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Reliable and Safe New Cars for Teens

Smart picks for your young driver

Last updated: February 2016

If you are looking to buy a new car for your teen driver, there are some good options that are safe and reliable, and won’t break the bank.

The following list highlights recommended models that perform well in our testing and adequately in government and insurance-industry safety tests, plus have average or better predicted reliability, based on our subscriber surveys. (Consumer Reports maintains reliability Ratings on our website going back 10 model years.) Making selection easier, as of 2012, all cars offer standard electronic stability control, a proven lifesaver that is especially beneficial to less-experienced drivers.

Generally speaking, bigger and heavier vehicles perform better in crash tests. But very large vehicles can have unwieldy handling, offer poor fuel economy, and allow for more passengers, a potentially dangerous distraction that has been shown to increase a young driver’s crash risk. Thus you won't see them here.

Large pickups and SUVs are not recommended for inexperienced drivers because their high centers of gravity make them more prone to roll over than other vehicles. Sports cars are also a poor choice for young drivers. They beg to be driven too fast and have a higher rate of accidents than other cars. Consequently, they often carry high insurance premiums for young drivers.

We did not consider cars with 0-60-mph acceleration times faster than 7.5 seconds or slower than 11 seconds, those with braking distances longer than 145 feet in dry conditions, or those with mediocre emergency-handling scores. Many of the vehicles here are designated as Top Safety Picks by the Insurance Institute of Highway Safety (IIHS).  

New models generally offer more safety features and provide better crash protection than older cars. Try to buy the most safety that your budget can afford, because no one needs those safety advantages more than a teenage driver. Specifically, features such as forward-collision warning (FCW) and automatic emergency braking (AEB) have been shown to have real-world safety benefits in avoiding crashes.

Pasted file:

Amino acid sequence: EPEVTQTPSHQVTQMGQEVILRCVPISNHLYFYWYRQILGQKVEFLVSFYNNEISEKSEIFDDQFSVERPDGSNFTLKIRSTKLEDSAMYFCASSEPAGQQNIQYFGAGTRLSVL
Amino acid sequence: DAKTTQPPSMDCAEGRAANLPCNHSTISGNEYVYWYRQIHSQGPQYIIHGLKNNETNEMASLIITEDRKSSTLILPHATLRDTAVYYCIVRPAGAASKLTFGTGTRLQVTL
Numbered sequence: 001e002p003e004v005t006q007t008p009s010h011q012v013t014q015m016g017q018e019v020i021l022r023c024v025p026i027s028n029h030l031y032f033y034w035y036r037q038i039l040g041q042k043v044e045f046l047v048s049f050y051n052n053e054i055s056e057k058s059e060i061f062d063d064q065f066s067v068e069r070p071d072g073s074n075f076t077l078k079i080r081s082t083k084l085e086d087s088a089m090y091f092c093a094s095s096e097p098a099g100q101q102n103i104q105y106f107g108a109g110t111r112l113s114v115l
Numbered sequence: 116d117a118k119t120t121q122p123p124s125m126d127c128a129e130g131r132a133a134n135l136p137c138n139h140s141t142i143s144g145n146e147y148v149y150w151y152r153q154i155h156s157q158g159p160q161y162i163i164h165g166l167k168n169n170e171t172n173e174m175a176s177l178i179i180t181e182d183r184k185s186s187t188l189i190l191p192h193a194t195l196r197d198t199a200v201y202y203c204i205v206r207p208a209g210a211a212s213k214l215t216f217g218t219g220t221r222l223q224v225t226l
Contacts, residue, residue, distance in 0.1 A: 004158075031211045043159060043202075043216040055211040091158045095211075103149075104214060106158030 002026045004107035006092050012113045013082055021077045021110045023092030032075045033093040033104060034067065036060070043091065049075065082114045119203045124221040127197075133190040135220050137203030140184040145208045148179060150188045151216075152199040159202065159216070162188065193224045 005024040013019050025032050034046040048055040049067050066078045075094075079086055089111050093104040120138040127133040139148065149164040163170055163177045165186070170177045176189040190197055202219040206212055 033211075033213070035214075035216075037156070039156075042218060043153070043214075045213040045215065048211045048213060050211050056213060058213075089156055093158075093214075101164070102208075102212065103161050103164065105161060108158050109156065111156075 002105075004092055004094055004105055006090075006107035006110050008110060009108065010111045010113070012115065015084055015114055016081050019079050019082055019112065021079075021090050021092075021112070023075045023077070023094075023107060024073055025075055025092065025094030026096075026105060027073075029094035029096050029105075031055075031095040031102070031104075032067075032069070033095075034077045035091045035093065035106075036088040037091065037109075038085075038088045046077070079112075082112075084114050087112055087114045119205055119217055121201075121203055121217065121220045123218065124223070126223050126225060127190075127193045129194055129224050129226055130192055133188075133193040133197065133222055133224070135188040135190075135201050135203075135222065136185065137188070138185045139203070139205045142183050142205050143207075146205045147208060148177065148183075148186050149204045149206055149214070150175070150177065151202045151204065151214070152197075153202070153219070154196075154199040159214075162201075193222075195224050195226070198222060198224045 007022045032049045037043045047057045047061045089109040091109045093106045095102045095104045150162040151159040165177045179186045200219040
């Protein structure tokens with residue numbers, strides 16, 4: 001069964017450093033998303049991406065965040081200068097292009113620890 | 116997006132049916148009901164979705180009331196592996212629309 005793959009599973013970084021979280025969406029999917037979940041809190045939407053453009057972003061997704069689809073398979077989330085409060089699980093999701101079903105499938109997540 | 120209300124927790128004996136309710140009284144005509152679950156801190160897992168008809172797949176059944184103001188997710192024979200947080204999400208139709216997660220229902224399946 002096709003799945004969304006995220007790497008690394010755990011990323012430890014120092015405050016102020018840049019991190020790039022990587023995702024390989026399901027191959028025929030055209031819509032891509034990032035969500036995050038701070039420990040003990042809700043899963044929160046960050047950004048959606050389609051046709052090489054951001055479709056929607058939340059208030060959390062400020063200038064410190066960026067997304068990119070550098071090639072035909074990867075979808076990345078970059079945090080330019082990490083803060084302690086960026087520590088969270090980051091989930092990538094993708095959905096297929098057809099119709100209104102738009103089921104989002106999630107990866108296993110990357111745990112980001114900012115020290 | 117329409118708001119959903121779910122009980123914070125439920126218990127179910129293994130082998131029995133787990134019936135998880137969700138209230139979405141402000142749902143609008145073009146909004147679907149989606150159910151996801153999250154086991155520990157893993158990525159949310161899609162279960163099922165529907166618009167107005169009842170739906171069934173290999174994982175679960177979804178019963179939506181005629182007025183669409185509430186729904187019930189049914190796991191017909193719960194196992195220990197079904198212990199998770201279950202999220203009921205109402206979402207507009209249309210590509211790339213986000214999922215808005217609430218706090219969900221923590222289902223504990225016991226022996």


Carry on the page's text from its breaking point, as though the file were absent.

Click on the model links below to access the complete road test, reliability, safety, owner satisfaction, pricing, and other key data.

Model Price range
Chevrolet Equinox (4-cyl.) $25,410-$31,690
Chevrolet Sonic Sedan
Ford Edge $28,700-$40,900
Ford Fusion $22,600-$35,730
Honda Accord $22,205-$34,680
Honda Civic $18,640-$26,500
Honda CR-V $23,745-$33,395
Honda Fit $15,890-$21,165
Honda HR-V 19,215-$25,990
Hyundai Elantra $17,150-$22,350
Hyundai Sonata $21,750-$34,075
Hyundai Tucson $22,700-$31,300
Kia Optima $21,990-$35,890
Kia Soul $15,800-$35,950
Mazda3 $17,845-$26,495
Mazda6 $21,495-$30,195
Mazda CX-3 $19,960-$26,240
Mazda CX-5 $21,795-$29,870
Nissan Rogue $23,290-$33,400
Scion iA $15,700-$16,800
Scion iM $18,460-$19,200
Subaru Crosstrek
Subaru Forester $22,395-$33,795
Subaru Impreza $18,295-$23,595
Subaru Legacy (4-cyl.) $21,745-$29,945
Subaru Outback (4-cyl.) $24,995-$33,395
Toyota Camry (4-cyl.) $23,070-$31,370
Toyota Corolla $17,300-$23,125
Toyota Prius $24,200-$30,935
Volkswagen Golf Sportwagen $21,625-$29,385
Volkswagen Tiguan $24,890-$36,420
Volvo S60 $34,150-$59,300

Consumer Reports' Recommendations

Honda Civic
Photo: Honda

Choosing a car for a young person will usually involve compromises between budget, desirable features, and the wants of an image-conscious teen. The best bet is to buy the newest, most reliable model with the most safety equipment you can afford. Do not even consider a car without antilock brakes. If you can reach a little deeper and get a car equipped with multistage advanced front air bags, side and head-protection curtain air bags, antilock brakes, and electronic stability control, so much the better. The lifesaving potential assistance those systems can provide is worth every penny in an emergency situation and can be especially beneficial to an inexperienced driver. Another benefit can be gained by an advanced driving training course. Such courses are offered by various advanced driving schools at closed tracks throughout the country and teach car control and proper driving.

Tremendous advances in crash protection have been made in the past 10 years. Check the Insurance Institute for Highway Safety and the National Highway Traffic Safety Administration websites to see crash results for models you are considering. Both sites post results that go back to the 1990s.

Distracted driving & teen safety

Find out more about distracted driving, and learn how teenagers can become safer behind the wheel.

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